1.  Increased pressure can be of significant advantages at times.  Inflating my tires from the old 60 psi to the new 100 psi and stretching the tires/tubes to their limit means remarkable improvement in my bikes performance.  In a similar way, though we do not always welcome its presence, spiritual pressure can often be of benefit to us as well.  Our Gracious Father has factored pressure into our spiritual experience and has promised that that pressure can turn out to be of significant value to us.  He said in Matthew 5:11-12, ‘Blessed are you when others revile you and persecute you and utter all kinds of evil against you falsely on my account.  Rejoice and be glad, for your reward is great in heaven…’!  In this regard, pressure on earth brings priceless treasure in Heaven.

2.  Increased effort needed to propel the old tire setup, provided the resistance needed to strengthen my legs so that under the new setup, my leg strength enabled me to bike at greater speeds with less effort.  Becoming aware of this reality, I recalled the words of Luke 22:41-44, ‘And He (Jesus) withdrew from them about a stone’s throw and knelt down and prayed, saying, Father, if you are willing, remove this cup from me.  Nevertheless, not my will, but yours be done.  And there appeared to Him an angel from heaven, strengthening Him.  And being in agony He prayed more earnestly; and His sweat became like great drops of blood falling down to the ground’!  Jesus’ strengthening under pressure enabled Him to respond to the spiritual events around Him with even more vigor.  This will be true for us as well.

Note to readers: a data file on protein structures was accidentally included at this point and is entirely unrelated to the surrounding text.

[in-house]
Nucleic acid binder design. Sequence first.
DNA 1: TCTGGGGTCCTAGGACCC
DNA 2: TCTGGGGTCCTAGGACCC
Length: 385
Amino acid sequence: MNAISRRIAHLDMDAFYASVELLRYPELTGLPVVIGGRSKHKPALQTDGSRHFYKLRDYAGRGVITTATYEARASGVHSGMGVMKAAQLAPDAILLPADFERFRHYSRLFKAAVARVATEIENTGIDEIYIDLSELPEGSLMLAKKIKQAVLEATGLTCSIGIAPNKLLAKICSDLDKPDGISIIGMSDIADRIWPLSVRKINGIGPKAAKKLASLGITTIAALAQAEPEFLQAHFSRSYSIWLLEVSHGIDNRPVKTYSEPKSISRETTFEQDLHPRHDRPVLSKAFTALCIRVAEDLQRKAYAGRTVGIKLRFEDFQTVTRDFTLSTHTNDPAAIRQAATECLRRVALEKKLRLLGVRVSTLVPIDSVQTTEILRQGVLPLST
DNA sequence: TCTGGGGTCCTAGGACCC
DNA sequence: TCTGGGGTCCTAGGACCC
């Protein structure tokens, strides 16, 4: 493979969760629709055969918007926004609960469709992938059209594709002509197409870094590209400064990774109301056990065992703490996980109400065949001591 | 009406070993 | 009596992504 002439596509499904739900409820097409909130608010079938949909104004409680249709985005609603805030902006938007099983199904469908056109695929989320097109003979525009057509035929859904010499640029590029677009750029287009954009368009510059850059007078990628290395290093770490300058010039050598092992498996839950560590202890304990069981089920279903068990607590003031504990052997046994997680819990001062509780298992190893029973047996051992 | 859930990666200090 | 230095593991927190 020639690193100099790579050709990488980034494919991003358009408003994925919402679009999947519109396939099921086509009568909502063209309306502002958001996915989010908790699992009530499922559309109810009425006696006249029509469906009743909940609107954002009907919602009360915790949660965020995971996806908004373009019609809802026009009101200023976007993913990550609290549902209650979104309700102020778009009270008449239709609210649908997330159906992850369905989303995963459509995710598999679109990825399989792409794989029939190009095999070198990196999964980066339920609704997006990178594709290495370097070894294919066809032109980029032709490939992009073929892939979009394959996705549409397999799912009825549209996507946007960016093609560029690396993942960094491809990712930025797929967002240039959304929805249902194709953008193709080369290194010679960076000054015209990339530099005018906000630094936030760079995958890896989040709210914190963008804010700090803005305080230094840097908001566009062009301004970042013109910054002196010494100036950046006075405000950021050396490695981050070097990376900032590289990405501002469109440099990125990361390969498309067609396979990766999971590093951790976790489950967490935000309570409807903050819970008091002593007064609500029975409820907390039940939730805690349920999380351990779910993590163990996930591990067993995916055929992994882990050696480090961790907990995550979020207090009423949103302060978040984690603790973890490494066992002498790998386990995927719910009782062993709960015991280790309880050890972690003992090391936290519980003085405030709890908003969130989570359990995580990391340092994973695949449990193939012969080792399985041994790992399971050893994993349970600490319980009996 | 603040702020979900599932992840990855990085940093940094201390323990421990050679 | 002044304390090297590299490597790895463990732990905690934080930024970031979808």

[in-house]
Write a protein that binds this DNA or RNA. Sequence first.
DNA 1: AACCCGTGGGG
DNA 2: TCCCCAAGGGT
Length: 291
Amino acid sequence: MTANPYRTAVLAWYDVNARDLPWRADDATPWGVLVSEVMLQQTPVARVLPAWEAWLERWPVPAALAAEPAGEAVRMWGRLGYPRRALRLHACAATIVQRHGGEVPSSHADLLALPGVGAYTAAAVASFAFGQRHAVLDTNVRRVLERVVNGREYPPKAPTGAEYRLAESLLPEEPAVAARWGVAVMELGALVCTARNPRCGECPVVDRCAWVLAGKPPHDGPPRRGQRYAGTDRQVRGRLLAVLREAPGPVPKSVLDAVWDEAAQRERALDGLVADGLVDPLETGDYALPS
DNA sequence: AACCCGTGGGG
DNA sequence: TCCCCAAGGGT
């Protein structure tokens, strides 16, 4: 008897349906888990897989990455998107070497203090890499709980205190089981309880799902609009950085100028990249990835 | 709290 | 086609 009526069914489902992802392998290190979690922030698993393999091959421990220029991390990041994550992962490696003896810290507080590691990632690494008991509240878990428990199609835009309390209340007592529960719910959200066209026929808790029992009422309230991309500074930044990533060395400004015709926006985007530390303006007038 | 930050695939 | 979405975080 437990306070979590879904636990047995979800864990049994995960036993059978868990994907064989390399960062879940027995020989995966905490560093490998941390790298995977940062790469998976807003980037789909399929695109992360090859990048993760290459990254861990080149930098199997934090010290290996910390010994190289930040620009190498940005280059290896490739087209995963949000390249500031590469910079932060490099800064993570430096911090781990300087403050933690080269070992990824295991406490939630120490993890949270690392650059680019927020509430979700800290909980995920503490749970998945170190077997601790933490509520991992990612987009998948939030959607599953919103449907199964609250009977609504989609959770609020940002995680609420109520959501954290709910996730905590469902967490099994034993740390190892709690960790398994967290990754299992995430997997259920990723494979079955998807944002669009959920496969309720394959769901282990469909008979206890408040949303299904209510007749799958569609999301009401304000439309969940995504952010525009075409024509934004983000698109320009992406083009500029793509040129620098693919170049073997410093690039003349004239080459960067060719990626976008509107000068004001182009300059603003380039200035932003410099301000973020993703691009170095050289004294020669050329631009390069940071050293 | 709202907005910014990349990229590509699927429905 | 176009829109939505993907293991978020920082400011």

3.  The increased effort in earlier rides has strengthened me and enabled me to achieve goals that before I could not even imagine were possible.  The ‘old strength’ kept me from even being able to imagine what my biking experience might be, just like a weakened faith can keep us from even imagining what God can do.  Once strengthened, we can believe God for what He says He can do in and through us.  As emphasized in Ephesians 3:20-21, ‘Now to Him who is able to do far more abundantly than all that we ask or think, according to the power at work within us, to Him be glory in the church and in Christ Jesus throughout all generations, forever and ever.  Amen’.

Let’s resolve to be a people who after being strengthened by His power in times of strain, pursue Him more passionately during times of  service.


Erosion on the pathway!